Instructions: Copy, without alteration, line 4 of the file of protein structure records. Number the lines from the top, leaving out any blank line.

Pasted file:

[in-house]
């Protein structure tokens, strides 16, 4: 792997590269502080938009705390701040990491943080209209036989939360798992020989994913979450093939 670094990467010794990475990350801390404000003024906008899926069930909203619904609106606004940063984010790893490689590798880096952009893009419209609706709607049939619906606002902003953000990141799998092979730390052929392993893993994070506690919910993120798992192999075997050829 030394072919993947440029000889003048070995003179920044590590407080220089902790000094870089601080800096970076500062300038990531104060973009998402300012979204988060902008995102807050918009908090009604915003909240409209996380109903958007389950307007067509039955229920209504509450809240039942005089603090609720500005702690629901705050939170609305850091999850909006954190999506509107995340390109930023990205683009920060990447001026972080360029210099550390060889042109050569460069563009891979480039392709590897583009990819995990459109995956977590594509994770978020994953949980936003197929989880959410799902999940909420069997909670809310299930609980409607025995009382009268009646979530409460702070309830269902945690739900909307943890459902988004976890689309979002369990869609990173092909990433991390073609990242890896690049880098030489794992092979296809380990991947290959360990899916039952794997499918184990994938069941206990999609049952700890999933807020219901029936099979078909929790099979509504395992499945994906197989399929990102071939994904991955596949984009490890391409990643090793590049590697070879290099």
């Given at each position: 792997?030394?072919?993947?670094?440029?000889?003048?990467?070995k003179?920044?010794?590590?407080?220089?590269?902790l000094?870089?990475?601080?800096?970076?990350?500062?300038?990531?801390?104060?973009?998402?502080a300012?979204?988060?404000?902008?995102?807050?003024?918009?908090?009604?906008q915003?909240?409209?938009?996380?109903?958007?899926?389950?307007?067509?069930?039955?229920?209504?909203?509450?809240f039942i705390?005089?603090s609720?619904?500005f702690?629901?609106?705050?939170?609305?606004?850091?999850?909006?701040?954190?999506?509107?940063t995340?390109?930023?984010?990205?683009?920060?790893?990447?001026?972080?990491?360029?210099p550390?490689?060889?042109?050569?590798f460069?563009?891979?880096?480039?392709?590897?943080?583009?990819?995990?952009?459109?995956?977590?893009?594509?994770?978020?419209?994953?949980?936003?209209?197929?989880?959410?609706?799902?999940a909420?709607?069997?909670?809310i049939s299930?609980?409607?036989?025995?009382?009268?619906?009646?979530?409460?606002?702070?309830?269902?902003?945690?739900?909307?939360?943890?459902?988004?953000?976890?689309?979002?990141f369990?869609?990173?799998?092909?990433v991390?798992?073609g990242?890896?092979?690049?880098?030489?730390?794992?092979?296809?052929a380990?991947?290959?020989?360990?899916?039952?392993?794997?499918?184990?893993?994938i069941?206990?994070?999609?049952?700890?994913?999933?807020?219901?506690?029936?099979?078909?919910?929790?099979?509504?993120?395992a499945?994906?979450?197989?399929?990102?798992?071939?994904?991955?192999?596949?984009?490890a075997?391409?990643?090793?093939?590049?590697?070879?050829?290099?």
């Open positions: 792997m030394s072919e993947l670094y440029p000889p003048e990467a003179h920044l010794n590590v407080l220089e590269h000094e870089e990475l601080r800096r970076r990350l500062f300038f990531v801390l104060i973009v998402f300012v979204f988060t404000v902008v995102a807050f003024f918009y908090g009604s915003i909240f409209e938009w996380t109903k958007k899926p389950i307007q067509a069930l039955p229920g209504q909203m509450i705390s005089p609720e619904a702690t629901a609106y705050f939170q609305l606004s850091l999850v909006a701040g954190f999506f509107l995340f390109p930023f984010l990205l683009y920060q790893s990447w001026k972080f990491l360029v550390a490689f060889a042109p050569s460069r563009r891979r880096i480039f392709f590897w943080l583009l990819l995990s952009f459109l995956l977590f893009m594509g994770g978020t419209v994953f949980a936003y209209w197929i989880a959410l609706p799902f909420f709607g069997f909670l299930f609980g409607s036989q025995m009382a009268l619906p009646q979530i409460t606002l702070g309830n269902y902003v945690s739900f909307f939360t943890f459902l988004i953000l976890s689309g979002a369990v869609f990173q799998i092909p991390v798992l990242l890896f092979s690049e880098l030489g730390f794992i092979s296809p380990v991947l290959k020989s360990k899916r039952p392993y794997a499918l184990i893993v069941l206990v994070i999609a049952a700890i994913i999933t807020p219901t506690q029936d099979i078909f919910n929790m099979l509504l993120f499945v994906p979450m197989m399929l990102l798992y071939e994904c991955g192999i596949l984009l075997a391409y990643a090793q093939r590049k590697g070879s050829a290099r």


């Open positions: 792997m030394s072919e993947l670094y440029p000889p003048e990467a003179h920044l010794n590590v407080l220089e590269h000094e870089e990475l601080r800096r970076r990350l500062f300038f990531v801390l104060i973009v998402f300012v979204f988060t404000v902008v995102a807050f003024f918009y908090g009604s915003i909240f409209e938009w996380t109903k958007k899926p389950i307007q067509a069930l039955p229920g209504q909203m509450i705390s005089p609720e619904a702690t629901a609106y705050f939170q609305l606004s850091l999850v909006a701040g954190f999506f509107l995340f390109p930023f984010l990205l683009y920060q790893s990447w001026k972080f990491l360029v550390a490689f060889a042109p050569s460069r563009r891979r880096i480039f392709f590897w943080l583009l990819l995990s952009f459109l995956l977590f893009m594509g994770g978020t419209v994953f949980a936003y209209w197929i989880a959410l609706p799902f909420f709607g069997f909670l299930f609980g409607s036989q025995m009382a009268l619906p009646q979530i409460t606002l702070g309830n269902y902003v945690s739900f909307f939360t943890f459902l988004i953000l976890s689309g979002a369990v869609f990173q799998i092909p991390v798992l990242l890896f092979s690049e880098l030489g730390f794992i092979s296809p380990v991947l290959k020989s360990k899916r039952p392993y794997a499918l184990i893993v069941l206990v994070i999609a049952a700890i994913i999933t807020p219901t506690q029936d099979i078909f919910n929790m099979l509504l993120f499945v994906p979450m197989m399929l990102l798992y071939e994904c991955g192999i596949l984009l075997a391409y990643a090793q093939r590049k590697g070879s050829a290099r």